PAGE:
Subject: Re: CVS commit: src/dist/bind
To: None <current-users@NetBSD.org>
From: George Michaelson <email@example.com>
Date: 12/03/2003 11:01:16
On Tue, 2 Dec 2003 16:55:21 -0800 Chuck Yerkes <firstname.lastname@example.org> wrote:
> Quoting Rick Kelly (email@example.com):
> > Chuck Yerkes said:
> > >Me? I bailed on BIND 8 long ago and run BIND 9 in a chroot.
> > >OpenBSD added some nice patches which do things like open /dev/null
> > >and /dev/zero BEFORE chrooting so I don't really need much in
> > >that env.
> > Yup, I've been running BIND 9 for about two years now. I'm currently
> > running BIND 9.2.3 on an SS5 running 1.5.4_ALPHA.
> Which leaves me with "why is BIND 8 still part of NetBSD?"
for the same reasons the install makes a split / and /usr :-*
> Invalid reasons include "it's proven" (yes, and orphaned now too)
> It's not longer supported; it's missing several Good Things. BIND 9
> *is* slower (bind 4 is fastest, djdns is next, then BIND8 then BIND 9).
nsd is faster than bind-4 IIRC. compiled zones win.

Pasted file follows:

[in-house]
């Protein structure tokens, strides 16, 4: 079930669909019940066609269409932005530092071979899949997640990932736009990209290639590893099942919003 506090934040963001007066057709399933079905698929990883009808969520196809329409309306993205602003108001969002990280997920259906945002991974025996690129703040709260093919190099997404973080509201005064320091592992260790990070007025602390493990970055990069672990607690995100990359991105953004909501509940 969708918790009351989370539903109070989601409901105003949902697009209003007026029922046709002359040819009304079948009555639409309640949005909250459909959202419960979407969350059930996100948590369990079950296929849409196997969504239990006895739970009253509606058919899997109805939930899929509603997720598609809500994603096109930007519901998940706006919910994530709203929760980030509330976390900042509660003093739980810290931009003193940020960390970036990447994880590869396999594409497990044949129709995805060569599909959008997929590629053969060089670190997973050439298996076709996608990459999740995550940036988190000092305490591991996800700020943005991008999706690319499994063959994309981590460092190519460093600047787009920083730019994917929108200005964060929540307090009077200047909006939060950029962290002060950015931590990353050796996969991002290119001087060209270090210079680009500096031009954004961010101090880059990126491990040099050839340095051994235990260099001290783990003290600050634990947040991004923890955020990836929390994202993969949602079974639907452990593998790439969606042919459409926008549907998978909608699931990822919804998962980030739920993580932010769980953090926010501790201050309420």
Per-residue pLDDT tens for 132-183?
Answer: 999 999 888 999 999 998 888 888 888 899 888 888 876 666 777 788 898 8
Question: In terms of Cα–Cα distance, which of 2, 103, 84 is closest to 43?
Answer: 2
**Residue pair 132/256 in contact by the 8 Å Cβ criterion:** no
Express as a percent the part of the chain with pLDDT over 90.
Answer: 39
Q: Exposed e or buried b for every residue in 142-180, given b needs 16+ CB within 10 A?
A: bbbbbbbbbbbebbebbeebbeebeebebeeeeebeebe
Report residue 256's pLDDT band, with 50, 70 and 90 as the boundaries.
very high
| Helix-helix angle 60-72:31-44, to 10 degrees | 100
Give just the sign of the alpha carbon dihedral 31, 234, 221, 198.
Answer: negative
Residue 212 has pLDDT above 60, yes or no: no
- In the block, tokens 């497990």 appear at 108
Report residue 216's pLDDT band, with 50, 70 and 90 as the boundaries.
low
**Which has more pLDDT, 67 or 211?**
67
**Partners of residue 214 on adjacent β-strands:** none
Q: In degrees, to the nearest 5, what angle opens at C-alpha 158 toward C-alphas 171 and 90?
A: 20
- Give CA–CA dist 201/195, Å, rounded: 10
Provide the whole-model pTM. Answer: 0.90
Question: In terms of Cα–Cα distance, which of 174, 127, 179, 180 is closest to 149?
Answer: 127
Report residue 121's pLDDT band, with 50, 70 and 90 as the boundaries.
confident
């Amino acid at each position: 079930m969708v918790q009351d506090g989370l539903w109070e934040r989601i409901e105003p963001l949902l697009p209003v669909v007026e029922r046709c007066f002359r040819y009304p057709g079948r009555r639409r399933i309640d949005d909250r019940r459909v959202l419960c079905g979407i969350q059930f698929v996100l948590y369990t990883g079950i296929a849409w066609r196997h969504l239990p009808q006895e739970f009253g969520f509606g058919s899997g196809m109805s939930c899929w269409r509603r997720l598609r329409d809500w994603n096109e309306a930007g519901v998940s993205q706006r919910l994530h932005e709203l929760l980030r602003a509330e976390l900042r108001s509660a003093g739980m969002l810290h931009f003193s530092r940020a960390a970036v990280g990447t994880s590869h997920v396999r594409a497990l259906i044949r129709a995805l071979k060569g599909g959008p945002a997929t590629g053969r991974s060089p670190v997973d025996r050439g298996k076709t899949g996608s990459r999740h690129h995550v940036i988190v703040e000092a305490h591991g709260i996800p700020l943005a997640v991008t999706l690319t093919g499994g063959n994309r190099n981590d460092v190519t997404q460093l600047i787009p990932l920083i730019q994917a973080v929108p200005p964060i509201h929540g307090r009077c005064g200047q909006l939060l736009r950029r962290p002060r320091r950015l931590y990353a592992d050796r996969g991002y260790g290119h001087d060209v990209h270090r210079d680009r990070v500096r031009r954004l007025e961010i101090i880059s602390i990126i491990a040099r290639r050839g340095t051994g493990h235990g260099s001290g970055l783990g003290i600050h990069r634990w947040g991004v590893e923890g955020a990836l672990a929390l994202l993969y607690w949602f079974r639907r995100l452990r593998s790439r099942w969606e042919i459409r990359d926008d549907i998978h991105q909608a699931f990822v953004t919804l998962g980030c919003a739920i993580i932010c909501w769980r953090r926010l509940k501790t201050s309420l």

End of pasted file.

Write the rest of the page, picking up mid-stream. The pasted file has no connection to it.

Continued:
> If you're not doing mail blasts or running AOL's DNS, you likely
> don't care (and frankly, if you are, a 4CPU machine with 8GB of
> RAM will perform better with BIND9 and still costs less than a week
> of a really good consultant).
with this, I concur. 9 is fine as a platform for anybody who does less than 1000
q/sec in DNS, and for most people who do 1k or more, they understand what they
are doing and design complete systems to cope.
we run 9 to serve reverse-DNS for the AP region. It works.
George Michaelson | APNIC
Email: firstname.lastname@example.org | PO Box 2131 Milton QLD 4064
Phone: +61 7 3367 0490 | Australia
Fax: +61 7 3367 0482 | http://www.apnic.net